- Buying links. Some people swear that it doesn’t happen, but actual evidence is mixed. Buying links may be interpreted as an attempt to manipulate PageRank, and therein lies the controversy. If you have bought bad links, doing so could have caught up with you - adversely.
- Excessive reciprocal links. Swapping links was once an innocent marketing tactic until it became abused. If you have exchanged lots of links with other websites, it may be seen as manipulation efforts.
- Content theft. If you do not steal website content, someone else could steal yours. This is problematic, because having content removed might involve filing multiple DMCA takedown notices or pursuing legal action. If you are penalized for content theft, ask Google to remove the stolen content.
- Duplicate content. Hopefully this one’s obvious: any duplicate content on your site makes it less useful in Google's view, and that could result in a penalty. Make sure your content is unique and well-written.
- Overusing H1 tags. Correctly structuring content helps with SEO. The H1 tag helps Google to understand what the page is about. Excessive H1 tags could be seen as an attempt to pump Google’s listing with keywords.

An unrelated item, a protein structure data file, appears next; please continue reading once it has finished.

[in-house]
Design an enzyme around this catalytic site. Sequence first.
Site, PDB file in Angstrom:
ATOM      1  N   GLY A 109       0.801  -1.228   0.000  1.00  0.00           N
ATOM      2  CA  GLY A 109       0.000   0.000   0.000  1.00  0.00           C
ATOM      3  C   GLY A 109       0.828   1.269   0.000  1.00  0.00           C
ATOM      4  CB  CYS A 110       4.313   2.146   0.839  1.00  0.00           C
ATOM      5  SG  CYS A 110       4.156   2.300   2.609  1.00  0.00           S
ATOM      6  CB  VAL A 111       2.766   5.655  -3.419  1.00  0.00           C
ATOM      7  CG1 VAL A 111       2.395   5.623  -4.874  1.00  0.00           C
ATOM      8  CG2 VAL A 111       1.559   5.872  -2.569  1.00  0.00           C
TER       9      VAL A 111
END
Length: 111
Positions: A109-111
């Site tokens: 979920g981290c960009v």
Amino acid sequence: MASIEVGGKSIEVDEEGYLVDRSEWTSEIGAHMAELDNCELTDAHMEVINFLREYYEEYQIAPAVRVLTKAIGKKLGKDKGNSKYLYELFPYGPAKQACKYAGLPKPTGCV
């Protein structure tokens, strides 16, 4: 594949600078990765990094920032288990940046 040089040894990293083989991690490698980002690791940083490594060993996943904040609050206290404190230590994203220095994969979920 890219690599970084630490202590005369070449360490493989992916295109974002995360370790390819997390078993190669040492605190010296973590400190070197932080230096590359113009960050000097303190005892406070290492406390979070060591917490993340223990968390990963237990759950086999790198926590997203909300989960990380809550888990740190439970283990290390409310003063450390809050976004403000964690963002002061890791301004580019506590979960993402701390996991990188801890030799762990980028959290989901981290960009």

- Internal Error 404s. Google wants to know that you tend to your content and weed out any errors and problems. If you are delivering 404s inside your own website, it is a sure fire signal that your users are not getting the information they ask for.
- Few outbound links. Google prefers website content that references other website content of a similar standard. If you don't include outbound links, it might appear as efforts to attract unnatural web-traffic.
- Domain reputation. You may have purchased a domain with a negative history, which might cause difficulties when building a fresh website around it. Unfortunately this is often a deadend. You should cut your losses and buy another domain.
- Links from websites in another language. This one seems unfair, right? You have got a legitimate link from a client in another country, yet it is technically counted against you. Well, Google's reasoning is sound: users generally tend to prefer one language, so linking to websites in another language is not that useful for them.